It’s fair to assume that this hatred is developed due to a naturally jealous trait inherent in Hindley, however another important piece to this hatred an aversion of those who are not like oneself. Hindley is born into a wealthy family, and is eventually educated at college, after which his tyranny continues to develop. The notion that he should be made to treat Heathcliff as an equal is especially absurd to him; we the readers, don’t know Heathcliff’s nationality, although the quote that he is a “little Lascar , or an American or Spanish castaway” indicates that he may be of non-white descent. This then allows a tyrannical mindset to flourish in Hindley’s mind, one of a belief in superiority over other races that was often shared during the 1800’s. However, readers can clearly see how ridiculous this animosity is, and the unsympathetic presentation of Hindley as ignoble and decaying allows the reader to criticise all aspects of Hindley’s horrendous conduct.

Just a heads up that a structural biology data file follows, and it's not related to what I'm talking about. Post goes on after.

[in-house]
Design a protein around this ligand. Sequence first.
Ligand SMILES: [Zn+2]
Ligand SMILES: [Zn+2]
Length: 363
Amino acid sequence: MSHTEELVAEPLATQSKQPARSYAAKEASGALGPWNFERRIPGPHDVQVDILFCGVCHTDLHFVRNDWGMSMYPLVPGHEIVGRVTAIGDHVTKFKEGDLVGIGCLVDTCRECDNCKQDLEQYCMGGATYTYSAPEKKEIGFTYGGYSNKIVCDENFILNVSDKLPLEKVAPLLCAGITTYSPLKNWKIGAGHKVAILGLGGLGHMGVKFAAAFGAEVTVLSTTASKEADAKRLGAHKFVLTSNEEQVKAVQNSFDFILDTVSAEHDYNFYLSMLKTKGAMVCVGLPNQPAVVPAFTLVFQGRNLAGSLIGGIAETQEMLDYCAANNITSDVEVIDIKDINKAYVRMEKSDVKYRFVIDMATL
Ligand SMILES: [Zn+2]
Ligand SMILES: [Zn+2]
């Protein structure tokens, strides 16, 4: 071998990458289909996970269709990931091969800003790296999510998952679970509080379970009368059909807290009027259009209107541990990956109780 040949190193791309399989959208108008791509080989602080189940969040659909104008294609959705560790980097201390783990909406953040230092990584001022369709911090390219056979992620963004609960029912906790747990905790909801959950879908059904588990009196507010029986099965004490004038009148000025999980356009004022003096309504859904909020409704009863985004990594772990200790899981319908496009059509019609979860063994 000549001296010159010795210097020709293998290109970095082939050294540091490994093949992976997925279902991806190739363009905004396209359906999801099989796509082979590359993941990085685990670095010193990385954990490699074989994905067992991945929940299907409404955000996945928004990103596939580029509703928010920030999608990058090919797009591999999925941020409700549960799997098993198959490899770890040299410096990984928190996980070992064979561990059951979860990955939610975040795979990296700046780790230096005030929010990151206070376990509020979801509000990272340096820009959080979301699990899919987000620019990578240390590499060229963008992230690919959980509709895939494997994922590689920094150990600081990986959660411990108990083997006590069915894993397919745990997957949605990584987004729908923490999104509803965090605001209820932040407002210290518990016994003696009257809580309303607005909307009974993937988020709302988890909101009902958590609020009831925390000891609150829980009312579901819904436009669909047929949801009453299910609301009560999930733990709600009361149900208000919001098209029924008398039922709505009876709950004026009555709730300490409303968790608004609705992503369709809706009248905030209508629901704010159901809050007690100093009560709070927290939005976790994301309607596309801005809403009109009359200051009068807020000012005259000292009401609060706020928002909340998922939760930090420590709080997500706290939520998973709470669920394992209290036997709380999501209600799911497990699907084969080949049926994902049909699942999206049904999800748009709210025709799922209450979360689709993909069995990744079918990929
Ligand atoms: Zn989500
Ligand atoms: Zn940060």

Whilst it would be unruly to suggest that the Linton family oppresses young Heathcliff directly, their class-fueled disdain for him acts as a symptom of a larger problem- the subjugation of the working-class, through policy, unfair labour practices, and, as seen in this instance, manipulative social views regarding the poorest in society. When the Lintons stumble across Heathcliff, they dehumanise him by labelling him a “Frightful thing”, and show racist and apathetic tendencies through calling him a “gipsy”. This degradation of Heathcliff is extended by the unflattering simile that his hair is “like a colt’s mane over his eyes” expressed by Edgar Linton upon visiting the Heights. Furthermore, the fact that Heathcliff holds “contempt” for Edgar, whereas the latter is outright ‘disgusted’ by Heathcliff indicates the social dynamic which keeps Heathcliff oppressed, and allows the upper-class as a whole to uphold its tyranny, in that the likes of Heathcliff are taught to respect higher society, despite their hatred for it, whereas the bourgeoise are afforded the privilege of viewing the working-class as sub-human. This oppression is even continued, perhaps subconsciously, by Catherine, as her litote of calling Heathcliff “dirty” adds to his shame, and is made even worse when she states “But that’s because I’m used to Edgar and Isabella”.